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News 21 July: Expansion amidst Turbulence

Let’s start with two excellent new resources I’ve recently come across. Russia: Other Points of View states its objectives thus:

We believe there is need in the public forum for a venue which offers opinions and facts that at times may differ from the prevailing view in western media.

Hmm… Sounds quite similar to Da Russophile, in fact, and makes a substantial part of our News posts redundant. As such I’ll be referring to it frequently.

The other is the Moscow Defence Brief, an English-language quarterly that offers analysis on Russian, Eurasian and world military affairs from a Russian perspective.

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Education as the Elixir of Growth II

A while ago I wrote Education as the Elixir of Growth on DR, in which I noted that in most countries the educational profile is closely correlated to their level of productivity. The major exceptions are nations with resource windfalls (inflated productivity) and socialist legacies (deflated productivity). Furthermore, the greater the gap between the ‘potential productivity’, as suggested by the human capital level, and actual productivity, the greater will be the rate of economic convergence. This rate in turn depends on the openness of an economy (i.e. the rate at which it can absorb the latest know-how). Some countries, however, cannot converge to advanced industrial levels, since their human capital is set at a low level – they have reached an asymptote relative to the developed world and cannot converge without improving their educational profiles relative to the latter.

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News 7 Apr: NATO Founders, Western Media Deconstructed

America’s desire to have Ukraine and Georgia accede to MAP foundered on European opposition from Germany, France and (somewhat surprisingly) the UK, despite Saakashvili’s implicit comparison of this to Nazi appeasement. Nonetheless, this is good for NATO as an alliance (as we’ve covered previously, the European desire for a rapprochement is linked to Russian logistical help on Afghanistan), as well as in line with public opinion about the importance of good relations with Russia amongst the Ukrainian and Georgian publics. This is not to mention Russia itself, where 64% think Georgian accession to NATO is a security threat and where Ukrainian accession could result in restrictions in territorial revisionism and new visa controls.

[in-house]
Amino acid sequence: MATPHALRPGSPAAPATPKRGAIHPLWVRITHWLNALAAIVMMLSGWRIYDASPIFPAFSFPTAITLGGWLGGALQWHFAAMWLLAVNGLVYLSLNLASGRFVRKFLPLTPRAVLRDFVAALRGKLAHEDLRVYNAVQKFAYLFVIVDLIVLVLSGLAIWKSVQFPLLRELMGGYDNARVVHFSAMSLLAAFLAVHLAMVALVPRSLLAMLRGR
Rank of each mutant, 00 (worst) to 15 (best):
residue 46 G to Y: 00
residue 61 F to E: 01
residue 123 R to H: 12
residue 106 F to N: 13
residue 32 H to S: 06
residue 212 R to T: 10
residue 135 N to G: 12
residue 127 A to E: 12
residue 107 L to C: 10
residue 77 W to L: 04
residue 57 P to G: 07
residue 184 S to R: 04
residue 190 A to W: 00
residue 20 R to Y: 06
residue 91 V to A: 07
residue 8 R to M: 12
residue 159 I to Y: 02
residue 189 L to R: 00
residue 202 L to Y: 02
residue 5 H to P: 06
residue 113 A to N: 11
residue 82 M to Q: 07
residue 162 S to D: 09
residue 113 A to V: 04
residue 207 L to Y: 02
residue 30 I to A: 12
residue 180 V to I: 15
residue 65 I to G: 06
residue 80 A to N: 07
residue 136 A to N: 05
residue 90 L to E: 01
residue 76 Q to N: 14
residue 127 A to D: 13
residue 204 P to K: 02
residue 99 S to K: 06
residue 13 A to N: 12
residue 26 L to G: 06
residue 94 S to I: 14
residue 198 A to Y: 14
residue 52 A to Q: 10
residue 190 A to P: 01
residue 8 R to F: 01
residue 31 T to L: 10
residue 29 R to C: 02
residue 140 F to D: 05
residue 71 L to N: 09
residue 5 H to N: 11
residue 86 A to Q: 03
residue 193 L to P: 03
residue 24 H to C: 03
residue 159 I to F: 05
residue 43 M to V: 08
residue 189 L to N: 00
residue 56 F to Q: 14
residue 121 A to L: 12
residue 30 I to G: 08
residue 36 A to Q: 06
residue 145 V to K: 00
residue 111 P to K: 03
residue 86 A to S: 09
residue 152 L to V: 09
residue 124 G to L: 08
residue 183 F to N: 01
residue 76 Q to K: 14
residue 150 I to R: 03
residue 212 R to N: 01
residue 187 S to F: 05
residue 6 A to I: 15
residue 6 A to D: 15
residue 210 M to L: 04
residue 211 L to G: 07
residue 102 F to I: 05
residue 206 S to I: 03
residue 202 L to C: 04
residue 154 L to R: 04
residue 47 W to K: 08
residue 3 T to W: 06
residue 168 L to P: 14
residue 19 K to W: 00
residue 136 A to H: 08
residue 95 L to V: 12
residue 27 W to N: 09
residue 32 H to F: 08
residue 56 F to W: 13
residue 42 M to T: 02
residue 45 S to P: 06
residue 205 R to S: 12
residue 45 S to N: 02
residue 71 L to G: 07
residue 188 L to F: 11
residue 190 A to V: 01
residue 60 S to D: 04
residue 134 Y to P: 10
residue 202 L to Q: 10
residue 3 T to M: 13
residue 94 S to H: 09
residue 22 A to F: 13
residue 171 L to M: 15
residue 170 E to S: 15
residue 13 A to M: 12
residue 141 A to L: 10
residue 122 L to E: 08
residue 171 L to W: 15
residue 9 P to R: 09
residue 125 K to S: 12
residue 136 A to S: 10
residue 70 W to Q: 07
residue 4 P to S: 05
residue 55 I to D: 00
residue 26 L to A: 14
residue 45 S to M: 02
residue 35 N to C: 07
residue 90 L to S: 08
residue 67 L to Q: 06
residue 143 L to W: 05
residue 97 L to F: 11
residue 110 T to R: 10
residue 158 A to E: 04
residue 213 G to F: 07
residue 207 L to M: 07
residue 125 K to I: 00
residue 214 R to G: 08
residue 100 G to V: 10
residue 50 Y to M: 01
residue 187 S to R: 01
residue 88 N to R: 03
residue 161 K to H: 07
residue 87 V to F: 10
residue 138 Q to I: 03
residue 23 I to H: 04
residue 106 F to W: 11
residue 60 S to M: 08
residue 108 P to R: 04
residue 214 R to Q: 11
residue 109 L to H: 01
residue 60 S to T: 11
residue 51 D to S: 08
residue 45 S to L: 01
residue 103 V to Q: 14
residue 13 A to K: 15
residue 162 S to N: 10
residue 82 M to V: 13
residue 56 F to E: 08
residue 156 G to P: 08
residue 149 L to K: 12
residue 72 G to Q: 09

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Lovely Levada

As long time readers probably know, I’m a bit of a sucker for statistics, and I’ve recently found a site that I’ll no doubt be sucking dry from now on. Levada Center is Russia’s foremost polling company (equivalent to America’s Gallup), and releases a poll or two every workday. However, unfortunately their English language version is quite limited, so I’ll be using the Russian. I present…

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News 30 March: The Paradoxes of Russophobia

Medvedev gives his first foreign media interview (to the Financial Times), in which he charts the bedrock of his presidency.

  • Will continue to pursue primarily Russia’s, not the West’s, interests.
  • Will work in tandem with Putin, to whom he is neither puppet nor rebel.
  • Will strive to root out “legal nihilism” / proizvol in Russia and corruption, including amongst the siloviki (“power people”) by asserting the law’s supremacy over executive power, cultivating popular respect for the law and improving the courts system, e.g. by raising pay for judges.
  • Will keep trying to demolish Russophobe myths.

Speaking of “legal nihilism”, it seems Medvedev has already started work in this area by forbidding state inspectors from carrying out checks on small businesses in the absence of a court ruling. Hopefully this should help expand the role of small businesses in Russia’s economy, which now make up just 1.1mn small businesses, 3.4mn individual businesspeople and 17% of GDP (typically 40-70% in advanced industrial countries), and expand the middle classes.

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Russophile Core Articles

This is a (continuously expanding) list of the articles that any serious Russia-watcher has to read if they wish to become acquainted with the Russophile worldview. I have hi-lighted the most important ones.

But first, the sources of reality-based, high quality information about Russia. Sublime Oblivion, by yours truly. And now, in no particular order… Eugene Ivanov runs a deeply informed, incisive and humorous political blog on Russia and the US at The Ivanov Report. Another excellent blog is Sean’s Russia Blog written by Sean Guillory – humorous, wide selection and eminently readable. He is an academic currently researching Soviet era youth groups.

Konstantin at Russian Blog and Fedia Krikov at Russia in the Media ran entertaining blogs dedicated to debunking Russophobic drivel, but unfortunately both seem to have died out due to ennui. Investor and published on the Truth and Beauty (…and Russian Finance) newsletter, Eric Kraus, is THE guy at economic and financial ground zero. Timothy Post is an American entrepreneur in Krasnodar, the Russian Riviera.